Zarouhie Abdalian / MATRIX 249October 23, 2013
An Exhibition, Postpartum is a series that examines the components of making contemporary art exhibitions in order to encourage readers and art practitioners to evaluate an exhibition as a process rather than simply as a finished product. Each installment includes an interview with the curator(s) and/or the artist(s) behind an exhibition, preceded by a review for context and critical analysis. Accompanying these texts is a slideshow of images of the exhibition, from installation to de-installation, as a way of diagramming its true lifespan.
Time and again, Zarouhie Abdalian changes her work in radical yet contextually appropriate ways. While many artists become wedded to the expression of one idea or one medium, Abdalian’s flexibility and inclusively critical engagement with the world around her is emerging as a trademark of her work—and it’s expressed more succinctly with each successive project and exhibition that she does. Number 249 of the MATRIX series is no exception.
Abdalian’s works in the exhibition, all from 2013, are beautifully crafted in their own right and were thoughtfully presented in the space. Ad libitum (If I Had a Hammer) is a delicate installation comprised of a solo brass instrument wire strung against a series of bone instrument bridges that were placed on the long concrete gallery wall. The interplay between the other two works, As a demonstration (a plexiglass, vacuum-sealed cube with a ringing bell inside) and Each envelope as before (an opaque black plexiglass vitrine that issues a heartbeat-like tone)—wherein the former’s sound source is seen but not heard, and the latter’s sound is heard but not seen—is amplified by the choice of exhibition space in the museum’s lower-level; the result of the placement is an effect which Abdalian and MATRIX curator Apsara DiQuinzio worked together quite closely to achieve. Upon first encounter, the works lacked the conceptual punch the accompanying brochure claims on their behalf. But upon leaving the space, the exhibition and artworks started to transcend and play off of their initial shortcomings and come into their own, formally and conceptually.
Much of Abdalian’s previous work engaged directly and critically with the social and cultural context and architecture, or lack thereof, in both outdoor and indoor exhibition spaces.1 Together, the works in Zarouhie Abdalian / MATRIX 249 are a sophisticated form of site-specific and spatial critique different from, yet reminiscent of, institutional critique. The narrative and metaphorical arcs—the history of music as a form of protest against the inadequacies of institutionalized democracy—that connect the three works to one another are deeply grounded in the Bay Area’s rich history of rigorous visual and sound-based Conceptual Art and non-violent protest movements.
The UC Berkeley Art Museum’s building can present a challenge for contemporary artists and curators to work within. The choice of Gallery A—an exhibition area at the lowest elevation of the building’s main galleries—might have been made for logistical purposes, but it sets the works displayed within it aside from the more visible and approachable spaces of the museum. Initially, Abdalian’s three works seem to suffer from and poorly capitalize upon the cavernous echoing space, the scarred wall surfaces, and the remote location—but later this seems superficial. Her acute sensitivity to the space only became fully apparent to me as I was walking up the zigzagging exit ramp from Gallery A while continuing to hear the repetitious mechanical drumming of Each envelope as before. Likewise, As a demonstration’s central image of a bell endlessly and soundlessly ringing is hard to shake. The delicate Ad libitum was almost lost against the scarred and pocked wall that it so gently rested against, further adding to its poignancy.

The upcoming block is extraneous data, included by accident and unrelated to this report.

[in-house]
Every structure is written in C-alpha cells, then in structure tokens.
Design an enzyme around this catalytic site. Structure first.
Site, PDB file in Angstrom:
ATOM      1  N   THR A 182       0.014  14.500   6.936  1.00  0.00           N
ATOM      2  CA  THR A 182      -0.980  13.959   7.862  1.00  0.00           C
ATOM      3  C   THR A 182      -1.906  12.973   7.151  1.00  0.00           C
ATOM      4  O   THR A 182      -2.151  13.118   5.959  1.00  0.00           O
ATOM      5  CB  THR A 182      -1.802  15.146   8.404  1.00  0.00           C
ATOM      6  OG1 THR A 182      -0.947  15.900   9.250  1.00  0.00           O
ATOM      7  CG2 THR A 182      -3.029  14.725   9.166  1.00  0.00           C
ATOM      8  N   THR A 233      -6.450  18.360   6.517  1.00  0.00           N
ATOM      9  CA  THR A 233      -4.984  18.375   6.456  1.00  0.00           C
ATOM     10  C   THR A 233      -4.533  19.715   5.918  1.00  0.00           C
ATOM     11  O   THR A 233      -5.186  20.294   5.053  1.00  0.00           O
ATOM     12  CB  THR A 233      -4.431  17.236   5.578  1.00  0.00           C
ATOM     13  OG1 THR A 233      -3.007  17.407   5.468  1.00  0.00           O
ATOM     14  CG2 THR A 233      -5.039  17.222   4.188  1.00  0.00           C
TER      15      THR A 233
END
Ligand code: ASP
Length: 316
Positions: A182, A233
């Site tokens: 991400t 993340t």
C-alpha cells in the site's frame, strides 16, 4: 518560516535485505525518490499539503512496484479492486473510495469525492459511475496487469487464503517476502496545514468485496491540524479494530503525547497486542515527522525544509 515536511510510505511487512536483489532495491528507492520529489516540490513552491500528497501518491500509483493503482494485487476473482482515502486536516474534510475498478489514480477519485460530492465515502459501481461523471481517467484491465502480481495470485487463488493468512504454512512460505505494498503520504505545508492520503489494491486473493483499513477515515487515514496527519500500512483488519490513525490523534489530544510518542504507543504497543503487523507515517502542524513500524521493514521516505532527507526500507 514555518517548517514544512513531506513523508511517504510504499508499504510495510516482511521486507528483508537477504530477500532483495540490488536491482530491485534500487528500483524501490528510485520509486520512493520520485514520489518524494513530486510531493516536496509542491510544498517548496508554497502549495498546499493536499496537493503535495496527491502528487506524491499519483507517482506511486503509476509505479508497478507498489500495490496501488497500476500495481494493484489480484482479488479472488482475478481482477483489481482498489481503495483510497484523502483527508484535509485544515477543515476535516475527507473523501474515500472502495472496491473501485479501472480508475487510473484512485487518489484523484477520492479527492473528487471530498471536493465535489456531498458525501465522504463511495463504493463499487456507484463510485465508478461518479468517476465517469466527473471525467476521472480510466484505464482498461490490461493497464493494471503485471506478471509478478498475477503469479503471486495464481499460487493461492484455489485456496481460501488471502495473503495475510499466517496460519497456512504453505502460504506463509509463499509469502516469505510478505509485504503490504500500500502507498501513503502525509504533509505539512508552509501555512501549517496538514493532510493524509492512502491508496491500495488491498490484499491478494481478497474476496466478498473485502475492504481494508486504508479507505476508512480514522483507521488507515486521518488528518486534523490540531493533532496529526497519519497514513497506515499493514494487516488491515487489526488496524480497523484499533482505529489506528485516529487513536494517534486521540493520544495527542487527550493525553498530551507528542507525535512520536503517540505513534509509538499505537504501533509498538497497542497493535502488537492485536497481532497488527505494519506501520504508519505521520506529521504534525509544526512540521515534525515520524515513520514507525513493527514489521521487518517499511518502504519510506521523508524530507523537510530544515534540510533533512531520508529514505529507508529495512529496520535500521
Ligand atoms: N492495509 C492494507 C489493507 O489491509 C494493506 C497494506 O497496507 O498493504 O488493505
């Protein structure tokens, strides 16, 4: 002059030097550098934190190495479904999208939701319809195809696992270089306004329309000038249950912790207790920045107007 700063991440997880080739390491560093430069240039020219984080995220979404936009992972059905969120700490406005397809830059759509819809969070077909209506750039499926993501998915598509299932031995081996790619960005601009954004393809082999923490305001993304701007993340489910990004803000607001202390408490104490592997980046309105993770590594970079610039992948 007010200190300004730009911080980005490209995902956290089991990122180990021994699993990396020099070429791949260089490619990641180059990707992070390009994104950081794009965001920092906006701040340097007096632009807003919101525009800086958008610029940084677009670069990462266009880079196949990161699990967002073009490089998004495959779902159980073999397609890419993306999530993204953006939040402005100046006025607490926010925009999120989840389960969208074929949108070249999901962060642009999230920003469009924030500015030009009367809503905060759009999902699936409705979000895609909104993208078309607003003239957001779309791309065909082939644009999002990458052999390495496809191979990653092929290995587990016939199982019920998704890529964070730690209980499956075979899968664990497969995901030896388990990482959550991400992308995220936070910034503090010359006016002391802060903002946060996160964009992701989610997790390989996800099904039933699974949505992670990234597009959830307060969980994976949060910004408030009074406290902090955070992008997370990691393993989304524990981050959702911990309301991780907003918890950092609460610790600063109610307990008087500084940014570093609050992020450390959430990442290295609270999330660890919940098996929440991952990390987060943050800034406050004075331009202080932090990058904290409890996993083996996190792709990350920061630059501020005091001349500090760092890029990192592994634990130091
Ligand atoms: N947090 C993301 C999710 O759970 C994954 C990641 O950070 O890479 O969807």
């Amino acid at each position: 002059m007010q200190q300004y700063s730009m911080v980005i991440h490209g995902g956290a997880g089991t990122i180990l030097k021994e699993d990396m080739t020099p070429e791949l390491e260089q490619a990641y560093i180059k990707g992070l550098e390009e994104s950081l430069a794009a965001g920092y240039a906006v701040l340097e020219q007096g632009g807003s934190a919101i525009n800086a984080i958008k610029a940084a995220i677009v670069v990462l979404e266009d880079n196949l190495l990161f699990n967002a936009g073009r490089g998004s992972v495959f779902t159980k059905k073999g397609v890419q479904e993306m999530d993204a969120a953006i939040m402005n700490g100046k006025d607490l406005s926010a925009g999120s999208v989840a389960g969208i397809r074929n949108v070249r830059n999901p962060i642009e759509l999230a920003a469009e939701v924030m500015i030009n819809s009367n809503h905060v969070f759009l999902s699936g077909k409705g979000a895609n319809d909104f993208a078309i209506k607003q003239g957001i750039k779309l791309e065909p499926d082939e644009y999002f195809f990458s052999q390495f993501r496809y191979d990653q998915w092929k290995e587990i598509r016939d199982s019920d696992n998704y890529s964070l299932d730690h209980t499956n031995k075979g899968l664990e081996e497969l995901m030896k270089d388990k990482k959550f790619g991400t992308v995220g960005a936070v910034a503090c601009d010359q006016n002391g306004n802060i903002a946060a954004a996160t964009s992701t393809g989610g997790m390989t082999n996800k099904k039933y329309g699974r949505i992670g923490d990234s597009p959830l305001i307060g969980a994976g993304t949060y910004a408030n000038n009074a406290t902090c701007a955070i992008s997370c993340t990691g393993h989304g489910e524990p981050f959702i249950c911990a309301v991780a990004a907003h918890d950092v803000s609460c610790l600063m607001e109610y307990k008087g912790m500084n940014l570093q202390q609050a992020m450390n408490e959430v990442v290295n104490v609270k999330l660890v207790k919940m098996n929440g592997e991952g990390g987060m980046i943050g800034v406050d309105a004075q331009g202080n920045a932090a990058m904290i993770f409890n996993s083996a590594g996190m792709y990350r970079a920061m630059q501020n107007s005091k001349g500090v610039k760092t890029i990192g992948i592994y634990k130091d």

The works in Zarouhie Abdalian / MATRIX 249 were made specifically for the space, and because they cater to it so directly, they also point to its limitations.
The works in Zarouhie Abdalian / MATRIX 249 were made specifically for the space, and because they cater to it so directly, they also point to its limitations. Just as Abdalian’s art makes palpable the shortcomings of institutionalized democracy by hampering what we can see, hear, and touch, so too do the pieces in MATRIX 249 marshal the physical properties of the museum’s space for their critique: it’s indelibly scarred walls, its uncompromising echo, and the relative out-of-the-way location of the gallery. However, they are also collectible and conservable objects marking an important transition point in Abdalian’s career. Perhaps her work will become more object-based in the future, and, if so, it will be intriguing to see how she maintains the same level of site-and-context specificity and criticality.
Interview with Zarouhie Abdalian and Apsara DiQuinzio2
A. Will Brown: How did you choose Zarouhie for this exhibition?
Apsara DiQuinzio: I have been paying close attention to Abdalian’s work for several years now, ever since her breakthrough contribution to California College of the Arts’s (CCA) MFA exhibition in 2010. I was also quite impressed by the site-specific installation she made for the Eleventh Istanbul Biennial—one of my favorites in that sprawling exhibition. Her engagement with Ryue Nishizawa’s architectural design stood out as being powerful, yet understated. Knowing her approach, I was very interested in seeing how she might engage with the austerity of BAM/PFA’s Mario Ciampi building. In the end, her solution was incredibly elegant and subtle, and yet speaks volumes.